The major of journalism is concerned with how to access information and how to share those findings with an audience through the use of tools ranging from the written word to digital video. In other words, journalism is about communication. Securing a journalism scholarship will also rely heavily on your ability to communicate, making this pursuit an excellent training exercise for your future vocation.
Typical courses found in this major include investigative reporting, media ethics, photojournalism, copyediting, multimedia tools and writing for digital media. A healthy amount of liberal arts and humanities electives help round out your curriculum. Many programs feature an internship as a degree requirement. In a journalism internship you'll work as a junior reporter in an actual media organization. This experience should provide real-world experience and may also lead to establishing media contacts you can use in your career.
Employment prospects for this major are varied. On the one hand, the rise of the Internet has meant a decline in the popularity of traditional print media. At the same time, the increasing use of the Internet and other technological developments (smart phones, tablets) has resulted in new demands for up-to-the-minute, real-time news delivery. This has resulted in new career opportunities across a greater range of media. Obviously, job prospects will be best for those that are electronically savvy. Knowledge of topics such as web development and social media strategy may help you stand out from your peers.
When considering journalism degree programs, you'll want to closely examine the opportunities available with student media. Does the institution have a school newspaper, radio station and website? When can journalism majors begin contributing to them? Are they independently run by the student body or is there faculty supervision?
To find out more about the world of journalism scholarships explore the links below.
Mike Reynolds, who died in 1988 of a brain tumor at age 45, was assignment editor and then managing editor at KCCI-TV in Des Moines, IA. Trustees of the fund to honor his memory require applicants for this award to be enrolled in journalism school and have good writing ability, excellent grades, a dedication to the news business, strong interest in pursuing a career in electronic journalism and a demonstrated need for financial assistance. Applicants should list media-related jobs held and contributions made to funding their own education. The recipient of the Mike Reynolds Journalism Scholarship will receive $1,000 and an invitation to the Excellence in Journalism conference.
MIKE REYNOLDS JOURNALSIM SCHOLARSHIP APPLICANT CRITERIA:
Must be officially enrolled in college and have at least one full academic year remaining.
Must be a fully enrolled college sophomore or higher to receive scholarship.
Must apply for only one scholarship.
May be enrolled in any major so long as your intent is a career in electronic journalism.
College/Department: Applied Sciences & Arts - Journalism & Mass Communications For an undergraduate majoring in any of the department's degree programs.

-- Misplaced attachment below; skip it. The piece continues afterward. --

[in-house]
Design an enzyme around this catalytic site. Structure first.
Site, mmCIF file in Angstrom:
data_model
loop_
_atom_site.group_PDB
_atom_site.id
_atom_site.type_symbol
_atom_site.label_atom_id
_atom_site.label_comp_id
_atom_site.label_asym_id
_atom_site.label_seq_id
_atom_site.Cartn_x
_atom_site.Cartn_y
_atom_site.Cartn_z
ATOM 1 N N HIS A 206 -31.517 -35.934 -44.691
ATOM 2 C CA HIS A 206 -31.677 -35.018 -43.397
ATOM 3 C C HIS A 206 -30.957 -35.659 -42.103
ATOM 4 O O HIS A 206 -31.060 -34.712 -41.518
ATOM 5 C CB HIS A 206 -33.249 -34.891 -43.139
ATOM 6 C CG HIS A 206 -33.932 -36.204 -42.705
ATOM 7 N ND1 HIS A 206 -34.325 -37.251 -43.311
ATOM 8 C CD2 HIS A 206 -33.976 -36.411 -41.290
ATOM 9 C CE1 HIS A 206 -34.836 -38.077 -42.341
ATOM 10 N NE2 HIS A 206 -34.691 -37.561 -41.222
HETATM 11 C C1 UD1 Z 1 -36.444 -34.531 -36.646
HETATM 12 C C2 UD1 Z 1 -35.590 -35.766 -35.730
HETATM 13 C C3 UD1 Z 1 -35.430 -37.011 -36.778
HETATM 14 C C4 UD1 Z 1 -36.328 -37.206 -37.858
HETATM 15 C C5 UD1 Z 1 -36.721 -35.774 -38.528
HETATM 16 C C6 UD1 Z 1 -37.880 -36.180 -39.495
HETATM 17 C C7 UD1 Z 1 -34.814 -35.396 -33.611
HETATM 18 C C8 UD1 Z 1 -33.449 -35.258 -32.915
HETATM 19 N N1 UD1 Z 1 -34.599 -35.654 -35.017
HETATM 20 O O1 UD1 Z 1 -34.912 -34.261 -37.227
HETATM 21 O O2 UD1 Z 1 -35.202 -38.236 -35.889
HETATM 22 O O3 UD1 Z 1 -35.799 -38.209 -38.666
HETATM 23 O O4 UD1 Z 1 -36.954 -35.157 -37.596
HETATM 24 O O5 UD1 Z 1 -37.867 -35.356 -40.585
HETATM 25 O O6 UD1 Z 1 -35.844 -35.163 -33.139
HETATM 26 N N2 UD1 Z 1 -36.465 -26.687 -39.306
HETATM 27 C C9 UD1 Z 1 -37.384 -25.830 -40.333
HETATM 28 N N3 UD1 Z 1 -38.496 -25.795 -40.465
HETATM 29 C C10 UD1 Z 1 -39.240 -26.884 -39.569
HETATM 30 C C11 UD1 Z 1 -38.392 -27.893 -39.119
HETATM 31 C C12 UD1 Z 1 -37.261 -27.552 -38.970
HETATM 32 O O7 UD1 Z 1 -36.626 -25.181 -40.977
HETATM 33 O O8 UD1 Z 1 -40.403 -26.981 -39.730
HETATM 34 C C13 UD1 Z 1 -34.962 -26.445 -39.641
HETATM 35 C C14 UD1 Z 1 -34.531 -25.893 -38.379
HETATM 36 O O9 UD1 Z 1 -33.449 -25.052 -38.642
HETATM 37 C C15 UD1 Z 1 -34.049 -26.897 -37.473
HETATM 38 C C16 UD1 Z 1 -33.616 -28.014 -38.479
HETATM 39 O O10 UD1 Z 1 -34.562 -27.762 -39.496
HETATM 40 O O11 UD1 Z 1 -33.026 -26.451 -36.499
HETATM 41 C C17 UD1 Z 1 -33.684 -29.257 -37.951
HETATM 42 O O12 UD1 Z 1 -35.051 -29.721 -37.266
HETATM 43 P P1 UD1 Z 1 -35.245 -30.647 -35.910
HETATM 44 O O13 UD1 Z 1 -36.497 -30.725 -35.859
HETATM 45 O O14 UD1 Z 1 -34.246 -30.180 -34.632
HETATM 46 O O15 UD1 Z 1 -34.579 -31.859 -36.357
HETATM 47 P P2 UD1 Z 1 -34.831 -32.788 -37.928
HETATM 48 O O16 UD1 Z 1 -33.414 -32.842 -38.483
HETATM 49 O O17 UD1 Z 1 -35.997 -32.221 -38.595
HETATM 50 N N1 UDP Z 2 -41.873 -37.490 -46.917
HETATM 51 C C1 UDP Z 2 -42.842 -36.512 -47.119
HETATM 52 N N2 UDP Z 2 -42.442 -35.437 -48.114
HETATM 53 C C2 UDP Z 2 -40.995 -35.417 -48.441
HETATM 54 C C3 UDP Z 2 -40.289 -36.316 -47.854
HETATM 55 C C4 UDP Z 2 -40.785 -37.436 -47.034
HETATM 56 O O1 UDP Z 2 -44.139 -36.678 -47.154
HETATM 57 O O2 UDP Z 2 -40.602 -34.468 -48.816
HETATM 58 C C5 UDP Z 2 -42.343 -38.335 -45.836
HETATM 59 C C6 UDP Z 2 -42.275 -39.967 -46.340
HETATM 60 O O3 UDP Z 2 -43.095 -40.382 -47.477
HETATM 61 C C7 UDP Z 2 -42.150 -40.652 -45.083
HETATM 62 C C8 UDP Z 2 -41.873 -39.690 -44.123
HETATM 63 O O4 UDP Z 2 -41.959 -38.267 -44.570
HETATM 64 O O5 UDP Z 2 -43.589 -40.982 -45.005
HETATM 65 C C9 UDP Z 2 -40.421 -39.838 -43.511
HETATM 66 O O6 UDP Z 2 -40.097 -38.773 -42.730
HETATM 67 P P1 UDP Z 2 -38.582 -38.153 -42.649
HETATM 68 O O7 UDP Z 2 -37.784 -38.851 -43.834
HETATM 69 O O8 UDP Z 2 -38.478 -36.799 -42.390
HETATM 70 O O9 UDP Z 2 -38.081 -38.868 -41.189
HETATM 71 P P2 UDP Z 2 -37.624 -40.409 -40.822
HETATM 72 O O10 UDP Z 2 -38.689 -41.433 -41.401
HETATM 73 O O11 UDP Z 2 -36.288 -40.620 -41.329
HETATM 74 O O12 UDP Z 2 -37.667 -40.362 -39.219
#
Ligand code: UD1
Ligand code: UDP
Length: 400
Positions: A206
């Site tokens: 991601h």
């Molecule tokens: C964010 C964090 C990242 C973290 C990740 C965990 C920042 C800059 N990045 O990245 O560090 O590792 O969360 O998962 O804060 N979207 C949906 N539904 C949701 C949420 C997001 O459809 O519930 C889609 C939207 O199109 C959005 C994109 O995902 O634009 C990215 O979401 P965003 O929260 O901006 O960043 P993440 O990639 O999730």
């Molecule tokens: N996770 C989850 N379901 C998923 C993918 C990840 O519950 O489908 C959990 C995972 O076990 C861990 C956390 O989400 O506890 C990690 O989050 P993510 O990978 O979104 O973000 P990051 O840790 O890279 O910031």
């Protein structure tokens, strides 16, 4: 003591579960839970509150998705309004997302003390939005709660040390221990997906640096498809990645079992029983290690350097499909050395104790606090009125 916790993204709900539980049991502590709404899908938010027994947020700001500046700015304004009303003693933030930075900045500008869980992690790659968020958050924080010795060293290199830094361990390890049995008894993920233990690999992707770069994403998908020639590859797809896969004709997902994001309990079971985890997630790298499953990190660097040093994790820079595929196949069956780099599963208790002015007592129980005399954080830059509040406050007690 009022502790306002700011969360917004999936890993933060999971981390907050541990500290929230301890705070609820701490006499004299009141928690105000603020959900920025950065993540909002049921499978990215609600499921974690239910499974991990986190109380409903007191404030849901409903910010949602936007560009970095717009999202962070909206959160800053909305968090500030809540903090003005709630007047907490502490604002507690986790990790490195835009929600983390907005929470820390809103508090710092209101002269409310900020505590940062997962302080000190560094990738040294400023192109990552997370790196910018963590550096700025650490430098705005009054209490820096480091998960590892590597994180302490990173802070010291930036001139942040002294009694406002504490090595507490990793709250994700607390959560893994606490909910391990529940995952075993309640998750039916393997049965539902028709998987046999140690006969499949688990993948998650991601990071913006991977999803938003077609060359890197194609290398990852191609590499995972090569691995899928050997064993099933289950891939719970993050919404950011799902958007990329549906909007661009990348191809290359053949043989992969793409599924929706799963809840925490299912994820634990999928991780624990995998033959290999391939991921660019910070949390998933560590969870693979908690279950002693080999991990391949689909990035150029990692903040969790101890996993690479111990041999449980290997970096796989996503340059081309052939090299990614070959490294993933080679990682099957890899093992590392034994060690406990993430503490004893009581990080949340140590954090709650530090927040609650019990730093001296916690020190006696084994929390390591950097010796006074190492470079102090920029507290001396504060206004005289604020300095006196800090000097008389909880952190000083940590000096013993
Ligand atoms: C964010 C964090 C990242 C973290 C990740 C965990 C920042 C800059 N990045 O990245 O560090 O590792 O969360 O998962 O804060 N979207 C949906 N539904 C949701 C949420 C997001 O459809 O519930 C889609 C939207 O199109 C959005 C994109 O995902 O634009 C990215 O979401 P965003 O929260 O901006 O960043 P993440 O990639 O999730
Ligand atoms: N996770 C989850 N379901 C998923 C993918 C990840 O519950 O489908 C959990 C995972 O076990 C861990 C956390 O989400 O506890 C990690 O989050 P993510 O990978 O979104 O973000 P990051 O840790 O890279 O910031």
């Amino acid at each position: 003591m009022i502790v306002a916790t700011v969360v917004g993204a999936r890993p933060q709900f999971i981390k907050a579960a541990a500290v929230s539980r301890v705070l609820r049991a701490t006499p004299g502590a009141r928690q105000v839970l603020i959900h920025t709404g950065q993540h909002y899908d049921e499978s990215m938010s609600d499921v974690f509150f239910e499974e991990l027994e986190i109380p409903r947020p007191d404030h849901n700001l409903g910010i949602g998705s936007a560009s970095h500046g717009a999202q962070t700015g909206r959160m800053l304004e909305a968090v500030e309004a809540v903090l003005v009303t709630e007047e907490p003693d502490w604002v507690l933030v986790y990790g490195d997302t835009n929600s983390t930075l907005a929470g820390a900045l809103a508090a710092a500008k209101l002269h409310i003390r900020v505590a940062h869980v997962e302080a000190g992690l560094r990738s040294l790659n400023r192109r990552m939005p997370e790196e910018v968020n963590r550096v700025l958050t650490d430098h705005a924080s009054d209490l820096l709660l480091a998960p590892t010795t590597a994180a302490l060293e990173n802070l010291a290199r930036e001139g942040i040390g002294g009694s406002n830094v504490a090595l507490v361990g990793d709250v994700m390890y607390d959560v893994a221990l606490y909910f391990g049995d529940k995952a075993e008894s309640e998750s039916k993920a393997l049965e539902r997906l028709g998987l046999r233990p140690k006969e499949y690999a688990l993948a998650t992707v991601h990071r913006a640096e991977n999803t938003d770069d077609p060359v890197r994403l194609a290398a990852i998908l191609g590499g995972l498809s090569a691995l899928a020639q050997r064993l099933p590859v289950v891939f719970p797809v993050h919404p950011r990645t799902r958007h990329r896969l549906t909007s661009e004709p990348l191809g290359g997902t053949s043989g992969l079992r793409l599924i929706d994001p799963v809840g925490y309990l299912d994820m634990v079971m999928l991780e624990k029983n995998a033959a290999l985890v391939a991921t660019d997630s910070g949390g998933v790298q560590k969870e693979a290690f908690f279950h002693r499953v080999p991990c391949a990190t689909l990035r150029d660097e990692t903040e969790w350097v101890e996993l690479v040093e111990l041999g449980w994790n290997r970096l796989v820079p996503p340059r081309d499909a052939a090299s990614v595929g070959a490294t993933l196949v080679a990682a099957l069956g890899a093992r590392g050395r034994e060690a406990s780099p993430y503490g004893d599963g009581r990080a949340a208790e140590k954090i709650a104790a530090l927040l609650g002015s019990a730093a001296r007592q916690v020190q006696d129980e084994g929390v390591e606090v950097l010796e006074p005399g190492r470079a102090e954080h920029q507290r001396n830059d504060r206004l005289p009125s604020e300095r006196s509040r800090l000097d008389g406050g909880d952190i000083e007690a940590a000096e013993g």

A $1,000 grant awarded annually to a minority undergraduate student majoring in journalism or who intends to pursue a career in journalism. Applicants must be Florida residents, show need and high academic standing.
Walter "Doc" Hemphill and his wife left a fund in the care of the Foundation for use in supporting scholarships for needy and talented college students.
College/Department: Applied Sciences & Arts - Journalism & Mass Communications Applicants must be junior or senior students, have a cumulative GPA of 3.0 in their major field of study, and demonstrate financial need.
Number of Awards Available: 2
Amount of the Award: $1,500
Student Type: High School, Undergraduate or Graduate
The NABJ Visual Task Force (VTF) was formed in 1990 and it provides a venue for visual journalists in the areas of photojournalism, design and informational graphics, broadcast photojournalism and visual leadership for newspaper, magazine, broadcast and online publications.
Specific Application Requirements:
Must major in journalism with a concentration in visual journalism (college students); must have an interest in majoring in journalism with a focus on visual journalism (high school)
G.P.A. requirement: 2.75 or higher
Essay topic: "What are the top three (3) reasons you would like to pursue a career in visual journalism and how do you use your visual skills to effectively and creatively tell a story?" (1,000 - 2,000 words)
Must have visual journalism experience
General Application Requirements:
Official College / High School Transcript
Three (3) References
Up to $10,000 to be awarded to lesbian, gay, bisexual and transgender journalism/communications students.
This is a new scholarship created to honor longtime WJW anchor Wilma Smith who retired in May 2013, after a 35 year career in Cleveland broadcasting. The $2,500 award is funded by WJW Fox 8. It is designated for a female college student from the Cleveland market who is currently a second or third year student majoring in a television-related field.
The award, established by Dr. Gardner’s former students, goes to an outstanding college journalism student who is an incoming college junior or senior.
College/Department: Applied Sciences & Arts - Journalism & Mass Communications Student must be journalism major, in residence at SJSU for at least one semester, with 2.75 GPA, and in need of financial assistance.
Ed Bradley, 60 Minutes correspondent at CBS News, was once a teacher and made a switch to journalism. Bradley spoke of introducing deserving minority students to the communications career field and endowed this $10,000 annual award under the banner of RTNDF.
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